Monterey Presidio members honor bus driver with name tapes | Herald of Fort Hood


MONTEREY PRESIDIO, Calif. — Nearly 200 Presidio of Monterey service members honored a facility bus driver by donating a name tape to display inside his bus.

Retired Marine Corps Gunnery Sgt. Robert “Gunny” Enriquez launched “Gunny’s Wall of Fame” with just three name strips three months ago, and it’s grown exponentially since then. Most of Enriquez’s passengers are students from all branches of the military who attend the Defense Language Institute‘s Foreign Language Center.

“It really shows how much we mean to him,” said Airman 1st Class Sebastian Peralta, who is assigned to 314 Training Squadron and gave Enriquez one of his name tapes. “I think it’s a way for us to show how much he means to us by immortalizing ourselves on the bus.”

On weekdays, seven shuttles run to help students get from place to place during peak hours. Enriquez drove a station bus for about eight years, and before that he served in the Marine Corps for 22 years. Other decorations on the bus — Marine Corps stickers, challenge coins and stuffed animals — make it clear he takes pride in his service.

Enriquez enlisted in the Marine Corps directly after graduating from nearby Seaside High School in 1971. He served as a crew chief on CH-46 Sea Knight helicopters and served in Hawaii, Africa, in Korea, Guam and Okinawa.

He enjoys his job as a bus driver, Enriquez said, because he enjoys being around the military. He was born in Fort Benning, Georgia, and grew up as a military kid in Hawaii and California. His father was a drill sergeant at the old Fort Ord and he cherishes his time in the Marine Corps.

“I owe my life to the Marine Corps,” Enriquez said. “I was going the wrong way before I joined the Marine Corps. I was screwing up in high school, and luckily I graduated, and the day I graduated, I went straight into the Marine Corps.

Not only does Enriquez cherish his service time, but he wants service members to know that he values ​​their service as well. The Wall of Fame is a tribute, he said.

“I appreciate them for doing everything they go through,” Enriquez said. “Not only are they trained to become linguists, but they also have their military obligations to fulfill while they are here. I admire them. I congratulate them. They have a plate full of responsibilities.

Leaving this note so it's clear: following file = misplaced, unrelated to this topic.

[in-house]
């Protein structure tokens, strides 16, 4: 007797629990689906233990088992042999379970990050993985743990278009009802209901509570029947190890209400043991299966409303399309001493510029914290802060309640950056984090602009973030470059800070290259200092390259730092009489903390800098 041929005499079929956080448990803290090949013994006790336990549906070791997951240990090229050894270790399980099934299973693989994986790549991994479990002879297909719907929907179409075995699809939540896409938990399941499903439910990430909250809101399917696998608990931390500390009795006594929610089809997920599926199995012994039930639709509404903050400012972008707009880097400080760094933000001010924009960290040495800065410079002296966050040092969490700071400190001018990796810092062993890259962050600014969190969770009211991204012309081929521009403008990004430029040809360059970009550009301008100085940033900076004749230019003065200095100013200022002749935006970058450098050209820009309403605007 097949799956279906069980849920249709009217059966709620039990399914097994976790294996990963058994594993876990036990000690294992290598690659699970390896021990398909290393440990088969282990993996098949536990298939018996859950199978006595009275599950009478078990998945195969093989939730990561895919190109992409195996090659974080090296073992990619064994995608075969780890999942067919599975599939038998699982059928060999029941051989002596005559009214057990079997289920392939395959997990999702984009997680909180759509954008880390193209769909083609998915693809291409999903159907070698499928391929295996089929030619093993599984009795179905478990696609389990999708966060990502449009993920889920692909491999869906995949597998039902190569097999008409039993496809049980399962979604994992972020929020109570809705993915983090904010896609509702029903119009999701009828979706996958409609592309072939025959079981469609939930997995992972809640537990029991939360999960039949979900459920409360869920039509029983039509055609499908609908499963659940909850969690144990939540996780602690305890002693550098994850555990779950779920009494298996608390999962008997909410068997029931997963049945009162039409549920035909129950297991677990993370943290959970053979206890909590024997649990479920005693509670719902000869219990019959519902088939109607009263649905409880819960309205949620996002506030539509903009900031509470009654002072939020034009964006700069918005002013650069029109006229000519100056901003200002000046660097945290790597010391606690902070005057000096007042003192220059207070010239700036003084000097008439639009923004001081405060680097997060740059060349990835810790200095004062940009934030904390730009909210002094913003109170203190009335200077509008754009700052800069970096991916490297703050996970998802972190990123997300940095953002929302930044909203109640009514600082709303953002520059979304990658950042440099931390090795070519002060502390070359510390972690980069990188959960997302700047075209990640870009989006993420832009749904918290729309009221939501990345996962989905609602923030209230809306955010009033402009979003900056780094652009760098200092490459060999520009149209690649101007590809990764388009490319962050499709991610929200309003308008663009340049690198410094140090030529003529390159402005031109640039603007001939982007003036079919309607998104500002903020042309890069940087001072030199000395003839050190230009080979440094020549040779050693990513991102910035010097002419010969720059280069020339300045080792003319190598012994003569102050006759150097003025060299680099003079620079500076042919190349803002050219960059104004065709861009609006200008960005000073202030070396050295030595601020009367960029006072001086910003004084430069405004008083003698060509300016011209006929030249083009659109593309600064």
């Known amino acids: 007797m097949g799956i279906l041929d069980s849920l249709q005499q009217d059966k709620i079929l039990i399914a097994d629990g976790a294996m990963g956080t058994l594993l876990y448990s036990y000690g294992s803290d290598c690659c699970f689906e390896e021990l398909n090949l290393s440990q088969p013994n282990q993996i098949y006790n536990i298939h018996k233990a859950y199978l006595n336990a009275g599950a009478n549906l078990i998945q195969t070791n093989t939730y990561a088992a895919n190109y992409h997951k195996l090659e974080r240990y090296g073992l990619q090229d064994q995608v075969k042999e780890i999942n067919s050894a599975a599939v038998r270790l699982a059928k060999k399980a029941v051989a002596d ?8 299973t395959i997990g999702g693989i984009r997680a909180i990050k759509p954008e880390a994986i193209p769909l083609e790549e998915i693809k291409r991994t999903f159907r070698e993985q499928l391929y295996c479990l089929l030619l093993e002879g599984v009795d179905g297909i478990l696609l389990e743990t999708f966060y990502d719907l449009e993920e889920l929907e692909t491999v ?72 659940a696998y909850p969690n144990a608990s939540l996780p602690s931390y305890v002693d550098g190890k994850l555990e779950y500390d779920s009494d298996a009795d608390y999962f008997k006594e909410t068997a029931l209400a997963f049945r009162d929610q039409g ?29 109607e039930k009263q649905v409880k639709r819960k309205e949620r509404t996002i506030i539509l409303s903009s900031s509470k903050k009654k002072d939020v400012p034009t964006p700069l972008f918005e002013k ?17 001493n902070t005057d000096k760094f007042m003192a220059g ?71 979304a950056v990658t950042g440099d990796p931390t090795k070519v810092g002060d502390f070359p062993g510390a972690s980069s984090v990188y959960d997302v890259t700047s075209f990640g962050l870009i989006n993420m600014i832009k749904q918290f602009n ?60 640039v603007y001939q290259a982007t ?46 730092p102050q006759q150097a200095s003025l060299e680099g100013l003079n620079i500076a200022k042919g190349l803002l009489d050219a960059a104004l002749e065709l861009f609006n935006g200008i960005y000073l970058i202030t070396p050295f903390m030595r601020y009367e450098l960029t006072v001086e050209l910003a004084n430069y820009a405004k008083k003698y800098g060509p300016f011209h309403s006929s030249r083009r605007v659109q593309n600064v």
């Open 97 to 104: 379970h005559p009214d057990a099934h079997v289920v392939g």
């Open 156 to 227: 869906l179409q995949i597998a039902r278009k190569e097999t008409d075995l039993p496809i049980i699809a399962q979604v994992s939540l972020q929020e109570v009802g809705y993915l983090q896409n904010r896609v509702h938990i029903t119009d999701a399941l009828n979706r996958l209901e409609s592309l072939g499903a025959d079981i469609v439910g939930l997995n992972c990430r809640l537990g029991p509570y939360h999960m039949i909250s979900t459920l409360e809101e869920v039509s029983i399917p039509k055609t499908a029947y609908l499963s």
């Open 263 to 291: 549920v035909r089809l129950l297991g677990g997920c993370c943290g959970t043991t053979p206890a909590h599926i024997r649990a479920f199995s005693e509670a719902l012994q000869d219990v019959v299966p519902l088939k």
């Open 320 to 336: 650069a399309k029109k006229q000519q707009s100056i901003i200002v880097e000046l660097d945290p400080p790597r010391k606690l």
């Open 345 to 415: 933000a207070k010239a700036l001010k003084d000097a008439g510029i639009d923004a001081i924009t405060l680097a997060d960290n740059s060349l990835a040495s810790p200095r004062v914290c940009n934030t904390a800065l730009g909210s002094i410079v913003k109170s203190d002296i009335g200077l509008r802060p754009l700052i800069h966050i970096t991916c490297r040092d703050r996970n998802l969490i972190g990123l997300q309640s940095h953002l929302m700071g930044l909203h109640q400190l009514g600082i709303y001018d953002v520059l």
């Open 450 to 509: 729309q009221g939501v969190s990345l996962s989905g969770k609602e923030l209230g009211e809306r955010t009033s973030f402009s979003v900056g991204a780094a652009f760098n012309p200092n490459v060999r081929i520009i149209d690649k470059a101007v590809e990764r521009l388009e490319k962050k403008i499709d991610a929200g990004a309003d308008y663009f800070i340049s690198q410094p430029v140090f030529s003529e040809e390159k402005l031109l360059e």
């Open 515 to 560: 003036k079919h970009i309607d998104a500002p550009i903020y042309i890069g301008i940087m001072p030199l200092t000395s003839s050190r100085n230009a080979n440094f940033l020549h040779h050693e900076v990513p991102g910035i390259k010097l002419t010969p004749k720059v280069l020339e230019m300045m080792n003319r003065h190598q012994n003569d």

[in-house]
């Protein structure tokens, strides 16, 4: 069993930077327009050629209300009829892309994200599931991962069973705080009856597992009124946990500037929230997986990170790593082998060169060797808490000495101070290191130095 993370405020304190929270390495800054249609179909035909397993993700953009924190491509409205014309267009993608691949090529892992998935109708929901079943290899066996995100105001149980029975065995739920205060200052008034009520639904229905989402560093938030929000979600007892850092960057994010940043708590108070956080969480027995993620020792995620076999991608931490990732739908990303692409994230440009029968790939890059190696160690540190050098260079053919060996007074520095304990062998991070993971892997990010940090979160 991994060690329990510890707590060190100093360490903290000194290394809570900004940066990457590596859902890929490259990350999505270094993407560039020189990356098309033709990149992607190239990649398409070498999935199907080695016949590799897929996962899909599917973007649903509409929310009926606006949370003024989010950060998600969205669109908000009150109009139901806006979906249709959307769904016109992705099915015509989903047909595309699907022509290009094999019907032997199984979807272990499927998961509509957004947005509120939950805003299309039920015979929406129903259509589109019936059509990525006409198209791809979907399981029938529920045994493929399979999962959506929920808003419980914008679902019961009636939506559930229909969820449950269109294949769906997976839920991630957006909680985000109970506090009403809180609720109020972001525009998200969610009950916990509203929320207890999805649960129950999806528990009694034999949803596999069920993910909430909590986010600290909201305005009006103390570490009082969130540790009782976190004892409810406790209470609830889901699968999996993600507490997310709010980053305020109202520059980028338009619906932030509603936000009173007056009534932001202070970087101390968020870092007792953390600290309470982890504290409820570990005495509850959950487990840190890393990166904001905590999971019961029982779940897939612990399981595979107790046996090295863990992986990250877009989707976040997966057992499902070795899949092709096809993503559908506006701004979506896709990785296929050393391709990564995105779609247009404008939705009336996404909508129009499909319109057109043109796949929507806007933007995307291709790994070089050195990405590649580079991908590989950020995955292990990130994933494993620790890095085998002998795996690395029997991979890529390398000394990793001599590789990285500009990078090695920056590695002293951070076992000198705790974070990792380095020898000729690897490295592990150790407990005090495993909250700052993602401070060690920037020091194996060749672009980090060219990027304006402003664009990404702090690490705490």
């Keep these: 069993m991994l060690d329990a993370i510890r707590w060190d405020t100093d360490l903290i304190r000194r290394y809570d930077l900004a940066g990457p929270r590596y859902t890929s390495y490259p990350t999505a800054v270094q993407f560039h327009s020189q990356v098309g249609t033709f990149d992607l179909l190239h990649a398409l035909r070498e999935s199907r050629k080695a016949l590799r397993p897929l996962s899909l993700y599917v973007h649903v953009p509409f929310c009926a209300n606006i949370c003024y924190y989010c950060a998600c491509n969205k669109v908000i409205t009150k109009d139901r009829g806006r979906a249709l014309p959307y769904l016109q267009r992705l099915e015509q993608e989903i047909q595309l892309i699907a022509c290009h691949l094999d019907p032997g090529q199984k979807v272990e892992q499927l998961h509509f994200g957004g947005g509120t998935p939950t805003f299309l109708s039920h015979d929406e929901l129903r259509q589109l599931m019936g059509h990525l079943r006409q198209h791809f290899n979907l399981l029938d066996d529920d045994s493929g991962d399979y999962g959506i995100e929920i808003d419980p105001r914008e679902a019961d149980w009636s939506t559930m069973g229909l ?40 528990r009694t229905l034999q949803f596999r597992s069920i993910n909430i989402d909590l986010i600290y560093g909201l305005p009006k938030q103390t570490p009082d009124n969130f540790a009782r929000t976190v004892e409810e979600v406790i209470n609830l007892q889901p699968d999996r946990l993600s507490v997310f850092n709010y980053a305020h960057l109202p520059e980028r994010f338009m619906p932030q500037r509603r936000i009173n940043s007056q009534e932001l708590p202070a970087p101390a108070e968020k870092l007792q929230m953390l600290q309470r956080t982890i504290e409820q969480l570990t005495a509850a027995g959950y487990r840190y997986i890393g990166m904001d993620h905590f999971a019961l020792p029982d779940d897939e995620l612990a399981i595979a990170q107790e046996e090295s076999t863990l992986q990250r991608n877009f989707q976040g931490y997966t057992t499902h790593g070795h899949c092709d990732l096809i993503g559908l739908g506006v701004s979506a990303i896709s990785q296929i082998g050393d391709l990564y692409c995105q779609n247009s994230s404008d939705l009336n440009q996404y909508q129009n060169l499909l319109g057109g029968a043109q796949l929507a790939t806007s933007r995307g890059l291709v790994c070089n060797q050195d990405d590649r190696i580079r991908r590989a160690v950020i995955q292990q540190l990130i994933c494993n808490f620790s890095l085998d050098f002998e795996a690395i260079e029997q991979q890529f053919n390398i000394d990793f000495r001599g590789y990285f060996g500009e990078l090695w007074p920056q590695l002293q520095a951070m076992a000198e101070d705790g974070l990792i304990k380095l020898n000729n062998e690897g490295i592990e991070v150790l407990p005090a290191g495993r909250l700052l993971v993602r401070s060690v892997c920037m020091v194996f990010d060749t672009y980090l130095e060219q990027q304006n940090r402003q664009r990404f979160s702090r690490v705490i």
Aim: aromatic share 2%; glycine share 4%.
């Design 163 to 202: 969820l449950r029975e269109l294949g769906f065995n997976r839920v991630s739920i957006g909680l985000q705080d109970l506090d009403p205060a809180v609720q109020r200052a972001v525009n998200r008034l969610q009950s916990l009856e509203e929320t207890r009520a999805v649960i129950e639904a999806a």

Service members said they gave Enriquez name tapes because they appreciate the way he treats them and because the Wall of Fame boosts morale.

“Sometimes, especially after a long day of classes – it can be quite brutal – and just knowing your name is up there is a bit, ‘Hey, it’s me. This is my bus,” said Airman Johnathen Sanchez of the 314th Training Squadron.

Peralta noted that when an airman with a broken leg got on the bus and Enriquez greeted him warmly — and made sure he had plenty of time to get to his seat — it was a typical behavior for Enriquez.

“He’s always ready to say ‘Hi’,” Peralta said. “Just like when that airman with the broken leg walked by, he was, ‘Hey, what’s up? How are you?’ It is very interactive and very fun.

Airman Andrew Martz of the 314th Training Squadron also contributed his name tape and said he appreciates the way Enriquez treats everyone.

“Gunny just has a really special energy about him,” Martz said. “First of all, all the other bus drivers, you call him ‘sir’, but Gunny, we all call him ‘Gunny’. It’s just Gunny, I guess. He’s always really nice when he’s get on the bus, and just by seeing this on the wall, you can see there’s real appreciation there.

Brian Clark, director of the PoM Logistics Readiness Center and a former Air Force logistics officer, said he gave Enriquez a name tape from his time in the Air Force in hopes that others would. likewise. The display is a great morale-builder, he said, and it’s exciting to see how many people participated.

“Gunny is very popular with PoM service members and hopes to bring joy to those who ride his bus,” Clark said. “Gunny’s positive attitude and name tape display are a welcome and fun distraction from the stressful day all service members experience when attending IDD.”

Enriquez said he wanted to help the students as much as possible because he appreciates that they volunteered to serve their country. By helping students, he continues to serve his country.

“Once they start riding my bus enough, I get to know them,” Enriquez said. “I get to know the students. I know when they are depressed or there is something bothering them. So I ask them, ‘Are you okay?’ Because when they’re not normal, something’s wrong, so I ask them.

For example, a Marine Corps teddy bear on Enriquez’s dashboard is from a former student he helped. The student told her that she was having trouble with her Arabic lessons and was considering quitting. Enriquez told him, “Take it one day at a time and do your best every day. That’s all they can ask of you.

She did just that and after passing her classes, she presented the bear to Enriquez to say thank you.


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